When Resolving Minor Differences in Protein Therapeutics Can Have a Major Impact

By November 6, 2018


Collaboration with Pfizer scientists to improve mAb and ADC separations leads to a new column chemistry

Monoclonal antibodies (mAbs) and antibody-drug conjugates (ADCs) are the fastest-growing class of therapeutic agents. Close to 50 mAb-related products have been approved by the U.S. Food and Drug Administration (FDA) and the European Medicines Agency (EMA) for the treatment of diseases as diverse as cancer, cardiovascular, neurological, autoimmune, and inflammatory diseases.

Unlike small molecule drugs, therapeutic monoclonal antibodies (mAbs) are large, complex biomolecules, typically produced in mammalian cells through recombinant DNA technology.

As with all biomolecules and biologics produced in living cells, mAbs are associated with a certain degree of batch-to-batch variability due to differences between cell lines, post-translational modifications during expression, etc. Some degree of microheterogeneity is inherent to the mAb production process and can be tolerated by patients. However, as sources of variability have the potential to affect efficacy, safety, immunogenicity, pharmacokinetic, and pharmacodynamic profiles, efficient and reliable detection of microheterogeneities is of critical importance.

For companies like Pfizer, a leader in the field of mAb and ADC development, high quality is critical for product performance and integrity, and most importantly, for maintaining the highest standards of patient safety.

Reversed-phase liquid chromatography (RPLC) is a separation technique commonly used to characterize protein therapeutics during their development, due to its high resolving power and amenability to mass spectrometric (MS) detection. However, current RPLC columns have performance limitations, including a dependence on high separation temperatures, which can degrade mAbs, and the generation of potentially unreliable results due to column-to-column irreproducibility.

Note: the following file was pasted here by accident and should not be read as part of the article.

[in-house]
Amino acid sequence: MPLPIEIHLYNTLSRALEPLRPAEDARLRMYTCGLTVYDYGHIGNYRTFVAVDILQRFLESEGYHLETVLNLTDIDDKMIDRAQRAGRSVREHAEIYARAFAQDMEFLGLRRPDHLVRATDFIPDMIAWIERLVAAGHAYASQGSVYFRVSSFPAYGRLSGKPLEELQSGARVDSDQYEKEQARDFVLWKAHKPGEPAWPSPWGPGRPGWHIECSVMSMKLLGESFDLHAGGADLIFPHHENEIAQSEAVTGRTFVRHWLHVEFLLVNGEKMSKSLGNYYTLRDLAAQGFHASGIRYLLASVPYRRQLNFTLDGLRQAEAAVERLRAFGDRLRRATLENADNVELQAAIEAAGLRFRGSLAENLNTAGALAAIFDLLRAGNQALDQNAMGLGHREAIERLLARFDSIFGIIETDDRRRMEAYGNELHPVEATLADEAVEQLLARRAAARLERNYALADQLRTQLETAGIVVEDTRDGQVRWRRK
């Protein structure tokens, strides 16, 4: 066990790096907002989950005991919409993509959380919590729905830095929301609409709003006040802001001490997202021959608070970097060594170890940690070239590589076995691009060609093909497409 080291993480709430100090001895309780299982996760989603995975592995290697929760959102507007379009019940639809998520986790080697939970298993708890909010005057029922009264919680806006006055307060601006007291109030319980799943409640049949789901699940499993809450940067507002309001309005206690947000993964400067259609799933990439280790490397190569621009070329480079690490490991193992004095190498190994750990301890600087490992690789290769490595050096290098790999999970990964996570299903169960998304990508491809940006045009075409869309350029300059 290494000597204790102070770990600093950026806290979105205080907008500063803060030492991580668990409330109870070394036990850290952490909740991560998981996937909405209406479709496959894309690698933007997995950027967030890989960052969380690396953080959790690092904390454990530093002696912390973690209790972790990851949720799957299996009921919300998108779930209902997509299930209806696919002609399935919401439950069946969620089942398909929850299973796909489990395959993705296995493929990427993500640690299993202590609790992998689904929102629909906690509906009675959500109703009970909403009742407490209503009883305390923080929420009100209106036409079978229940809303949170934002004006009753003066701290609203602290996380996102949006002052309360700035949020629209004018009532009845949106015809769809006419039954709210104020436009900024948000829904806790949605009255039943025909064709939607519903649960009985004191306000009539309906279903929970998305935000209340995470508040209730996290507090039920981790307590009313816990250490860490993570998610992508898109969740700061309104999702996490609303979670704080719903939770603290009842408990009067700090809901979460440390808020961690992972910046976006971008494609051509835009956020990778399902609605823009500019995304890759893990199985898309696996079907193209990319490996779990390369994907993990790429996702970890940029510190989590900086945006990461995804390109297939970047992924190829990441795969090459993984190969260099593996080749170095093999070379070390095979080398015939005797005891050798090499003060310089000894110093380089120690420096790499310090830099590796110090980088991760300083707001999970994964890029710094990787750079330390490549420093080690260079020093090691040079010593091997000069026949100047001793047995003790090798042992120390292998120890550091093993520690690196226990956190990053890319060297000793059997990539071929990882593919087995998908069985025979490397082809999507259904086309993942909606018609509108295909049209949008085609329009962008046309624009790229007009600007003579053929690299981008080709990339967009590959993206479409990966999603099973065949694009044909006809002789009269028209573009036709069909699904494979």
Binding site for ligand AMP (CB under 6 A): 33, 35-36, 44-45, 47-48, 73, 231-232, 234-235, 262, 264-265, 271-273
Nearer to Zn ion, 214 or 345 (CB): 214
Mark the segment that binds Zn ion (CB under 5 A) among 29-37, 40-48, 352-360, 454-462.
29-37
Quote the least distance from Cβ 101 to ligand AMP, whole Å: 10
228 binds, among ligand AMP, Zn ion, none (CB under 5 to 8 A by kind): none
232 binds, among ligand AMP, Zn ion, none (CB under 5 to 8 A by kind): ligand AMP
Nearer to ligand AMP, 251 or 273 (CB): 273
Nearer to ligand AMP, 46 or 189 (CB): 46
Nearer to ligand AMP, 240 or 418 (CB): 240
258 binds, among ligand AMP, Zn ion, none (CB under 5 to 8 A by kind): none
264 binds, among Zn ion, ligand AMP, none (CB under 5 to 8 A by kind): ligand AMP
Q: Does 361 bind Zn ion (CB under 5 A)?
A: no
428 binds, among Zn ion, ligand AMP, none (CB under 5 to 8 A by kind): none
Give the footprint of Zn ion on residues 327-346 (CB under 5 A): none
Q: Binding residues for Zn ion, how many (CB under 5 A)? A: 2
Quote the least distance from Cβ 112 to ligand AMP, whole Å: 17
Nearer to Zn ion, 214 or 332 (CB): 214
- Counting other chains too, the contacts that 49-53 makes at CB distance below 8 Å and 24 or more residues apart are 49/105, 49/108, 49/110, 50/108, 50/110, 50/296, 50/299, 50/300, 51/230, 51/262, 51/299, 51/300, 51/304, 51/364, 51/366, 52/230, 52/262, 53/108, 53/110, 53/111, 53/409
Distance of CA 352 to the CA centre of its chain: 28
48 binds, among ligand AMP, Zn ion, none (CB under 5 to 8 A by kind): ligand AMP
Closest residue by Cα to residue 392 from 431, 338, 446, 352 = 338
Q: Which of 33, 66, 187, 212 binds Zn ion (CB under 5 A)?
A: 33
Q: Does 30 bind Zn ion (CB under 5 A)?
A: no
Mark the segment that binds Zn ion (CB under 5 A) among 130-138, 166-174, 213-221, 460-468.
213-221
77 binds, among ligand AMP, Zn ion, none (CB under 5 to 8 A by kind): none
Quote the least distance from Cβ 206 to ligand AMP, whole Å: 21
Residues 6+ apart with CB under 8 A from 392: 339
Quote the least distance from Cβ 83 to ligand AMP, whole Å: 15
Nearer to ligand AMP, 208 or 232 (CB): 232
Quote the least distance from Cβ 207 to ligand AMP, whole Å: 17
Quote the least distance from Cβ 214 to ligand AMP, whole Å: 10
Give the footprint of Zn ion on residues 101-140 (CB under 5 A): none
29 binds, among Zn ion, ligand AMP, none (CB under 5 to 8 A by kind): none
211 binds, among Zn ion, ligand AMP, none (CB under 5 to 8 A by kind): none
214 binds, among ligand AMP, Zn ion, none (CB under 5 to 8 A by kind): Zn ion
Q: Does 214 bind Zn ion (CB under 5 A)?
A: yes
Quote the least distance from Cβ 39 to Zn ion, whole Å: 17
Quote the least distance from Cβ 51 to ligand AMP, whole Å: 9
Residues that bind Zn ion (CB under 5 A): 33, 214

Building on a 60-year heritage of customer-centric scientific innovation, Waters collaborated with Pfizer to take on the challenge of engineering a novel RPLC column for high-throughput separations with enhanced resolution, selectivity, and recovery of target mAbs and ADCs.

The partnership with Pfizer proved extremely beneficial as scientists at Pfizer’s Analytical R&D Mass Spectrometry and Biophysical Characterization Group ensured the end result would bring maximum value to the biopharmaceutical scientists working with mAbs and ADCs.

Together with scientists from Pfizer, Waters scientists analyzed a range of mAbs and ADCs using different mobile phase conditions. The results of these studies consistently demonstrated the superior kinetic properties of the base particle compared to conventional RPLC stationary phases, and showed that the novel, polyphenyl bonded phase provides enhanced resolution and selectivity to perform higher throughput, reproducible separations, with enhanced resolution and selectivity for both RPLC and mass spectrometry-compatible RPLC separations. Additionally, this novel stationary phase afforded lower temperatures and less acidic ion pairing to limit the degradation of target mAbs and ADCs.

In the end, after extensive evaluation, Waters developed this new particle technology into the BioResolve RP mAb Polyphenyl Column for more reliable, state-of-the-art mAb and ADC separations in support of drug discovery and design, process, and product development, and the commercialization of life-saving medicines.

 

Pfizer’s Analytical R&D Mass Spectrometry and Biophysical Characterization group has incorporated BioResolve RP mAb Polyphenyl Columns in their standard operating procedures for the characterization of many mAbs and bioconjugates within the company’s pipeline. Pfizer scientists and teams can be certain that the respective protein and conjugate forms are closely monitored in terms of molecular integrity and/or extent of conjugation for assessment of product quality, safety, and efficacy.

 

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Categories: Columns, Technologies